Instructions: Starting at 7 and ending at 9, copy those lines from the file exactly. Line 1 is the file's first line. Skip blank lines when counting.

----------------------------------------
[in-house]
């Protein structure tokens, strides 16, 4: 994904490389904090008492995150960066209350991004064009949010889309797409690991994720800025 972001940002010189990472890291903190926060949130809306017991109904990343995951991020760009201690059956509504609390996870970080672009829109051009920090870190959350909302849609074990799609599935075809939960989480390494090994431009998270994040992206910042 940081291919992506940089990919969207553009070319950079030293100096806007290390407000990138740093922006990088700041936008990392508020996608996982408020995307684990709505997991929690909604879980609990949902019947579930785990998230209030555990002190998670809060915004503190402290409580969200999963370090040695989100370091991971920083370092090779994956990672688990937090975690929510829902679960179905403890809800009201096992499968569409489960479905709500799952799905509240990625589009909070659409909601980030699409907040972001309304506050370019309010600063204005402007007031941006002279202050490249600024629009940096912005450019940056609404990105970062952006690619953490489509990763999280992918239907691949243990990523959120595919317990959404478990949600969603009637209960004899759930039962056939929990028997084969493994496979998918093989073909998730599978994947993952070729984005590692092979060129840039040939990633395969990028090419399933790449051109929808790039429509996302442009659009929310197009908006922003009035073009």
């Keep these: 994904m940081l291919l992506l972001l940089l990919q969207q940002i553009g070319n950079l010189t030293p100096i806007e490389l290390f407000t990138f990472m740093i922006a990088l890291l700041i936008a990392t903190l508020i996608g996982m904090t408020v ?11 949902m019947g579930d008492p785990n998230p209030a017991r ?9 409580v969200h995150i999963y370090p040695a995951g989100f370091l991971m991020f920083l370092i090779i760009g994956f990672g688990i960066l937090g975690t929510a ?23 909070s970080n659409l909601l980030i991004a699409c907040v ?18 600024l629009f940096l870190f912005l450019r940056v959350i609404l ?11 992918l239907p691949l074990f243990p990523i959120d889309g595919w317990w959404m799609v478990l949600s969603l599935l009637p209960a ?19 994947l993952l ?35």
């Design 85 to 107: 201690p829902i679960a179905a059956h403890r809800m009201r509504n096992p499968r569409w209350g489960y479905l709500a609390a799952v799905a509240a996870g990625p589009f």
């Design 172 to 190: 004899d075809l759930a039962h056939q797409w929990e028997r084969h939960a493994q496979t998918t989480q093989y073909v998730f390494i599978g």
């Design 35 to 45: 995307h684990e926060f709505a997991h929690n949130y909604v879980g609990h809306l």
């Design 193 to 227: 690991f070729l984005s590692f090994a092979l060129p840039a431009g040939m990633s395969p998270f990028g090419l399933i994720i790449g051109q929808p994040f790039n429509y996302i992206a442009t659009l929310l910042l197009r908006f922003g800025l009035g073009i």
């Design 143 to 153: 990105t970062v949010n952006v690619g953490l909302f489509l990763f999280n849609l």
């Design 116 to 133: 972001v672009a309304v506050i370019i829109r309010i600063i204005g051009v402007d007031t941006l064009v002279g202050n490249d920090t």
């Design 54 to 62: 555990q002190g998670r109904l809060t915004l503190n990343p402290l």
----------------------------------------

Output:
């Design 193 to 227: 690991f070729l984005s590692f090994a092979l060129p840039a431009g040939m990633s395969p998270f990028g090419l399933i994720i790449g051109q929808p994040f790039n429509y996302i992206a442009t659009l929310l910042l197009r908006f922003g800025l009035g073009i």
């Design 143 to 153: 990105t970062v949010n952006v690619g953490l909302f489509l990763f999280n849609l």
């Design 116 to 133: 972001v672009a309304v506050i370019i829109r309010i600063i204005g051009v402007d007031t941006l064009v002279g202050n490249d920090t």